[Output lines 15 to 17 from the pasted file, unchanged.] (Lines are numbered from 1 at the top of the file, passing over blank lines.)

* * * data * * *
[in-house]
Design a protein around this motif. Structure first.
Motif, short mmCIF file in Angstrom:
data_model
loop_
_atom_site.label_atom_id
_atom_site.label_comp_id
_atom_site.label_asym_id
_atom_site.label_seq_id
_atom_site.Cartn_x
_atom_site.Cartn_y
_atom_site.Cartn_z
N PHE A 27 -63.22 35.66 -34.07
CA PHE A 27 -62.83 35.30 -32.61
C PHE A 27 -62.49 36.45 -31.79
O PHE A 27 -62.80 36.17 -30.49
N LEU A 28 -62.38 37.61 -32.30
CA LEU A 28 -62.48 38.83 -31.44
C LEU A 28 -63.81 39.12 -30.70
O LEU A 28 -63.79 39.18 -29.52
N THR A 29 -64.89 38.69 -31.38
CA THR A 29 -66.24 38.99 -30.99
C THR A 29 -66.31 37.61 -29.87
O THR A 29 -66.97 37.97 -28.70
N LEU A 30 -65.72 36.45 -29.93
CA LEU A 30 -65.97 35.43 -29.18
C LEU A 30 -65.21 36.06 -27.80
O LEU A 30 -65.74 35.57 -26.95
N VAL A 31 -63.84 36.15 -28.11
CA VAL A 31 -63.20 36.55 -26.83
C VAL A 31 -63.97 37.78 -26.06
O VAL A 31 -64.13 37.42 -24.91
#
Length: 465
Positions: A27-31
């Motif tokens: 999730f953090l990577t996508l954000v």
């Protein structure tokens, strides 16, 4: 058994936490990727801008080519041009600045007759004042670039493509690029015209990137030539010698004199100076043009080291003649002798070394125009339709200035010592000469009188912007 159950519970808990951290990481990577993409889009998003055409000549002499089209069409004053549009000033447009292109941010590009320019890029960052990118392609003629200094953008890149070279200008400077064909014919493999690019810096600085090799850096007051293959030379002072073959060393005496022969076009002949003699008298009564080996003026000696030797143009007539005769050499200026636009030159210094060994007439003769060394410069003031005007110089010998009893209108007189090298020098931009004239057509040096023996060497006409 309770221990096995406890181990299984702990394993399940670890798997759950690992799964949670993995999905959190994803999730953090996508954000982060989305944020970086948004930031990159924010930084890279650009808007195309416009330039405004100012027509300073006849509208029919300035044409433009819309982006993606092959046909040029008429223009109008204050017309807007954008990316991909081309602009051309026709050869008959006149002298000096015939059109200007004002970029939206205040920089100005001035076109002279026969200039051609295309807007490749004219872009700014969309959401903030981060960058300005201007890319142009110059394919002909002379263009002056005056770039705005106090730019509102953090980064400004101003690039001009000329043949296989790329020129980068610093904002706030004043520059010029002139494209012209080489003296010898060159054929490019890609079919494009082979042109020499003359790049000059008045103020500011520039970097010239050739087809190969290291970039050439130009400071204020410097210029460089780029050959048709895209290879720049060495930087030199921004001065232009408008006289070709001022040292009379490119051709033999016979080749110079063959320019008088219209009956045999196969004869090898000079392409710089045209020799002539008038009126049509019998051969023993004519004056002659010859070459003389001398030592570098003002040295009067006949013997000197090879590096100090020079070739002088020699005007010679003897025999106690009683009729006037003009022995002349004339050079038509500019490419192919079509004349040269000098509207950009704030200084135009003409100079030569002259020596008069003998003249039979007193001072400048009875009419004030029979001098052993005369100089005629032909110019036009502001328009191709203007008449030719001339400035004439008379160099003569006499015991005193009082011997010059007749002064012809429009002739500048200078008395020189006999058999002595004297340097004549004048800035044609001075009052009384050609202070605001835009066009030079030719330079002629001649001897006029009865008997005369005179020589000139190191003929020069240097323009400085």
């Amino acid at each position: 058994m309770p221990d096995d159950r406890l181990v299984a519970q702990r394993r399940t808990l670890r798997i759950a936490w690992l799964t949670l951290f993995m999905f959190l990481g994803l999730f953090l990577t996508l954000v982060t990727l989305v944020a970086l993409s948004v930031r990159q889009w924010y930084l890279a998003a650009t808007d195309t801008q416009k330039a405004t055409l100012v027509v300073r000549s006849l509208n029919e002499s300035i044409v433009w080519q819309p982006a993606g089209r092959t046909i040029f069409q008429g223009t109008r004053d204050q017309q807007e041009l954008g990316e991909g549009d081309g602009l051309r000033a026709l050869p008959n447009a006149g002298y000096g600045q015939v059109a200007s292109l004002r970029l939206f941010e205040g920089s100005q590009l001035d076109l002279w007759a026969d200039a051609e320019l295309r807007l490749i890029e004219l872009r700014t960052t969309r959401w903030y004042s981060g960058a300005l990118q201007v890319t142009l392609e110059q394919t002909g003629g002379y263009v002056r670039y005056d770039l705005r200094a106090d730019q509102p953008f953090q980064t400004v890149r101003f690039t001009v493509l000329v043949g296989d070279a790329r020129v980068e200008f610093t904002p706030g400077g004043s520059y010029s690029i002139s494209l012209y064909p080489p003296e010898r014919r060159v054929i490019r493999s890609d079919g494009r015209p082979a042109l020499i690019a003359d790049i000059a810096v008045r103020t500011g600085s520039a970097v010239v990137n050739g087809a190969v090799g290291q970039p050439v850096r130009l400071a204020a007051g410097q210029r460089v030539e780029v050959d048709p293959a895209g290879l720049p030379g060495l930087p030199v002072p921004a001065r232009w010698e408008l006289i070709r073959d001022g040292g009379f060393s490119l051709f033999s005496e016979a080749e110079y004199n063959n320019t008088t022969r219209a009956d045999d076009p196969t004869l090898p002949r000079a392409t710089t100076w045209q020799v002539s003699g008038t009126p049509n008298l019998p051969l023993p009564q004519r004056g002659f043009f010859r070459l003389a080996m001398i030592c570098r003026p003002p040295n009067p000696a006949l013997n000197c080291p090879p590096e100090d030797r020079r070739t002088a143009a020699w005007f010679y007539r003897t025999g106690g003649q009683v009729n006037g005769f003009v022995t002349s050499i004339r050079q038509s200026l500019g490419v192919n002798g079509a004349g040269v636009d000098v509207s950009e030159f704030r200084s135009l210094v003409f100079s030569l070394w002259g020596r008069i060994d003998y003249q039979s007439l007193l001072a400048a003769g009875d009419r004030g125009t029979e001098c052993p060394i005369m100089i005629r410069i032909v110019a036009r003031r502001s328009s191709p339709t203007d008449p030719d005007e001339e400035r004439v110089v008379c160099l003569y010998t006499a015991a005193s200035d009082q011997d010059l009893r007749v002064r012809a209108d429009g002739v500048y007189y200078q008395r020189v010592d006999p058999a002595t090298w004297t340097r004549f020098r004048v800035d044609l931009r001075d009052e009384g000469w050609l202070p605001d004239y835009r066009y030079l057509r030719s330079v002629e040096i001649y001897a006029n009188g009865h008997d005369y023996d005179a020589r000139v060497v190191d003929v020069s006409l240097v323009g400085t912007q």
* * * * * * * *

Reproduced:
C PHE A 27 -62.49 36.45 -31.79
O PHE A 27 -62.80 36.17 -30.49
N LEU A 28 -62.38 37.61 -32.30